The U.S. Centers for Disease Control and Prevention (CDC) reviewed 16 studies that examined the connection between alcohol sales regulations in communities and rates of domestic violence. They looked at the number of alcohol sales outlets, hours of days of alcohol sales, and alcohol pricing/taxes. The number of locations where alcohol was sold was the only factor consistently matched with rates of domestic violence. According to the researchers, location numbers included bars and restaurants, and liquor, grocery and convenience stores. The new findings appear in the January issue of the Journal of Studies on Alcohol and Drugs.
Most of the studies reviewed by the CDC research team found that communities with more places to buy or drink alcohol also had higher rates of domestic violence. However, the association seen in the study does not prove a cause-and-effect relationship.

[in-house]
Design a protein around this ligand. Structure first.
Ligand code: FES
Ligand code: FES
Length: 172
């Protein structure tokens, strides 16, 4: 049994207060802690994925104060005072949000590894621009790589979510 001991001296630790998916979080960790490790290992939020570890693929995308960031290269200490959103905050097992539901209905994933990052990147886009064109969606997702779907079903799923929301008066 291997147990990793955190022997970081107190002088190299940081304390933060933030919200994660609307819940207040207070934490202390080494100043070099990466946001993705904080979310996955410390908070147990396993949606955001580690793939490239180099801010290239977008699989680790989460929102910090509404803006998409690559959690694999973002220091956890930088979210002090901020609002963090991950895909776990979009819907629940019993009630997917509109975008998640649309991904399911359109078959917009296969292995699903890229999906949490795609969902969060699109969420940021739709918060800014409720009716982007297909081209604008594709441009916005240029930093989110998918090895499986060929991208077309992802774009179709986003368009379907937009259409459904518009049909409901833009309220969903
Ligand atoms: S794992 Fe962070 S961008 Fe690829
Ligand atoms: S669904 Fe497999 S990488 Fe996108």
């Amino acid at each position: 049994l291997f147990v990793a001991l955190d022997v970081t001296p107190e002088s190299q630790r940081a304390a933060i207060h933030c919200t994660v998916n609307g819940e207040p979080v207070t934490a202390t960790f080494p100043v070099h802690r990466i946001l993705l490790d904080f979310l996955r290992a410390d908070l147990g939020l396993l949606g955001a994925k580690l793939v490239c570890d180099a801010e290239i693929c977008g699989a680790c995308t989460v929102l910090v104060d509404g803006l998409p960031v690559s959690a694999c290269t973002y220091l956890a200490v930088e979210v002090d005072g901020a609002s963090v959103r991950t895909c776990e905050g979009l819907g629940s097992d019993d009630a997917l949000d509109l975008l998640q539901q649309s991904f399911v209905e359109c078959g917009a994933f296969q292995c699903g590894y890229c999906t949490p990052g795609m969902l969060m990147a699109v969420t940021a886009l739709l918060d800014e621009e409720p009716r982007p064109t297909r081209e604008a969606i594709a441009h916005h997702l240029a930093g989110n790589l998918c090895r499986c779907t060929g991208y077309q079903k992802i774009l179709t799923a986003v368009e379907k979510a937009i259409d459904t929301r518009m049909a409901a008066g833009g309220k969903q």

“The studies that we reviewed do not indicate that alcohol outlet density or the outlets themselves cause partner violence,” Dennis Reidy, a behavioral scientist at the CDC, said. The study’s findings do suggest that local regulation of alcohol outlet density may be able to reduce rates of domestic violence within a community, he added.
A number of states and communities across the United States have created laws to reduce excessive drinking. For example, licensing and zoning laws are used to limit the number of places where people can buy alcohol, and act as an early line of intervention for problem drinkers.
Of course we can’t regulate our way to ending the devastation caused by excessive drinking, as evidenced by other attempts to do so. However, reducing the availability may just prove to be a useful intervention and prevention measure.